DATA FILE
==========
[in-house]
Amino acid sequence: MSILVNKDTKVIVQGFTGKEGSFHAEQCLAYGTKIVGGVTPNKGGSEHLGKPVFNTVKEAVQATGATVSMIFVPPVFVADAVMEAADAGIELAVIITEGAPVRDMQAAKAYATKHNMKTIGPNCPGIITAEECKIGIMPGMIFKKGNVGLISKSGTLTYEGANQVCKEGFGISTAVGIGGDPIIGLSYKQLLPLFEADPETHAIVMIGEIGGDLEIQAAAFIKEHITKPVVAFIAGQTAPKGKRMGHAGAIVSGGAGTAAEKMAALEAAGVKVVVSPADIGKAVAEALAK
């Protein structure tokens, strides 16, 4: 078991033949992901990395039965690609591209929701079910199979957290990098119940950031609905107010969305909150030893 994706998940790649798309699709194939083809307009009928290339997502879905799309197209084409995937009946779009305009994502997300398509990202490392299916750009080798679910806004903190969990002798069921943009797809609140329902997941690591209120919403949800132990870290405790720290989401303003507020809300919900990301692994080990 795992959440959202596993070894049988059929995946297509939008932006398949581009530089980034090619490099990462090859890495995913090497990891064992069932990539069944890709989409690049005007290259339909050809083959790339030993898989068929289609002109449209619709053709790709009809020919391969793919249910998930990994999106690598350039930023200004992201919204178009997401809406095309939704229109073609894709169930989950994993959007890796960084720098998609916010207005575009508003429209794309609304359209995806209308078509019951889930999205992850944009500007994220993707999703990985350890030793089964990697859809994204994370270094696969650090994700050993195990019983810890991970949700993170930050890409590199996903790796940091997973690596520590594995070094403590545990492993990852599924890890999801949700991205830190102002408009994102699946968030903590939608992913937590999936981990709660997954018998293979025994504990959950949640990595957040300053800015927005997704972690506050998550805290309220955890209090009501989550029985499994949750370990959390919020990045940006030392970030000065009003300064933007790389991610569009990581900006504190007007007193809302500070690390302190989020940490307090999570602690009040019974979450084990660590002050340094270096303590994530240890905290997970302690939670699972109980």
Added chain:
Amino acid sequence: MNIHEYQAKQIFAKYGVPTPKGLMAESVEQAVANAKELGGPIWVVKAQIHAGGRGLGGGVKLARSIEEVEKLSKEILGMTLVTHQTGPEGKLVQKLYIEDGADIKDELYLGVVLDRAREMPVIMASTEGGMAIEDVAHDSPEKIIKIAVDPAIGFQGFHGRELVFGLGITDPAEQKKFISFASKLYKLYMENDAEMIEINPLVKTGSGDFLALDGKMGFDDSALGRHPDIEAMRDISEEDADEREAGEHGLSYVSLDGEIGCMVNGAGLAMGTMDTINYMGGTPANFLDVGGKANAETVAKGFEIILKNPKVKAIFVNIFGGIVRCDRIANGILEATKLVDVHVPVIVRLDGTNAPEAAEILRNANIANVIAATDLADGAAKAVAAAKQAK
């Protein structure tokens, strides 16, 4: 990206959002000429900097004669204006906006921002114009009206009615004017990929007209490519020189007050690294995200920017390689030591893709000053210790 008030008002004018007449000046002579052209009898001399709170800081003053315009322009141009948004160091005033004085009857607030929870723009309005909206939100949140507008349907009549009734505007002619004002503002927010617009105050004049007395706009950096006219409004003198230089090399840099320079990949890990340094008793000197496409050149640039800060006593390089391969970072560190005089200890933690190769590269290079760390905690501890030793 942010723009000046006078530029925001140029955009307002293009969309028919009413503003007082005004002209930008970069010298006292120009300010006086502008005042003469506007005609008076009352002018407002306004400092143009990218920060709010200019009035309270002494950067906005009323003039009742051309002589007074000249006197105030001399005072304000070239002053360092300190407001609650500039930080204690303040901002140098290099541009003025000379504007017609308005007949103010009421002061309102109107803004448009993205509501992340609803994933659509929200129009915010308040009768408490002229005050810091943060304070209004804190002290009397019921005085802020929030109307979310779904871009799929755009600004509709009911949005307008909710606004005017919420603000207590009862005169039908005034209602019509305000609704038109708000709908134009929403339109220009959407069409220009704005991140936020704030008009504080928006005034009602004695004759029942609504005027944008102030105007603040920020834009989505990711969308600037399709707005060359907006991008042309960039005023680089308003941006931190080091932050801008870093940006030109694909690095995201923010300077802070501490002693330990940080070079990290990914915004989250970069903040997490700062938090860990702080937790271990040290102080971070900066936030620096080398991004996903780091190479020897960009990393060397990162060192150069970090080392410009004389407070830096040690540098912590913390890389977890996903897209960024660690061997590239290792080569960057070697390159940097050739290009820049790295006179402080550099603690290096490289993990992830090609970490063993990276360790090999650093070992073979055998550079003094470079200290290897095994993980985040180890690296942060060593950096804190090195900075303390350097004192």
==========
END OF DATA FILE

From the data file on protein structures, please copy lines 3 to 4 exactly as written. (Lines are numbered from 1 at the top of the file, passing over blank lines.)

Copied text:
């Protein structure tokens, strides 16, 4: 078991033949992901990395039965690609591209929701079910199979957290990098119940950031609905107010969305909150030893 994706998940790649798309699709194939083809307009009928290339997502879905799309197209084409995937009946779009305009994502997300398509990202490392299916750009080798679910806004903190969990002798069921943009797809609140329902997941690591209120919403949800132990870290405790720290989401303003507020809300919900990301692994080990 795992959440959202596993070894049988059929995946297509939008932006398949581009530089980034090619490099990462090859890495995913090497990891064992069932990539069944890709989409690049005007290259339909050809083959790339030993898989068929289609002109449209619709053709790709009809020919391969793919249910998930990994999106690598350039930023200004992201919204178009997401809406095309939704229109073609894709169930989950994993959007890796960084720098998609916010207005575009508003429209794309609304359209995806209308078509019951889930999205992850944009500007994220993707999703990985350890030793089964990697859809994204994370270094696969650090994700050993195990019983810890991970949700993170930050890409590199996903790796940091997973690596520590594995070094403590545990492993990852599924890890999801949700991205830190102002408009994102699946968030903590939608992913937590999936981990709660997954018998293979025994504990959950949640990595957040300053800015927005997704972690506050998550805290309220955890209090009501989550029985499994949750370990959390919020990045940006030392970030000065009003300064933007790389991610569009990581900006504190007007007193809302500070690390302190989020940490307090999570602690009040019974979450084990660590002050340094270096303590994530240890905290997970302690939670699972109980």
Added chain: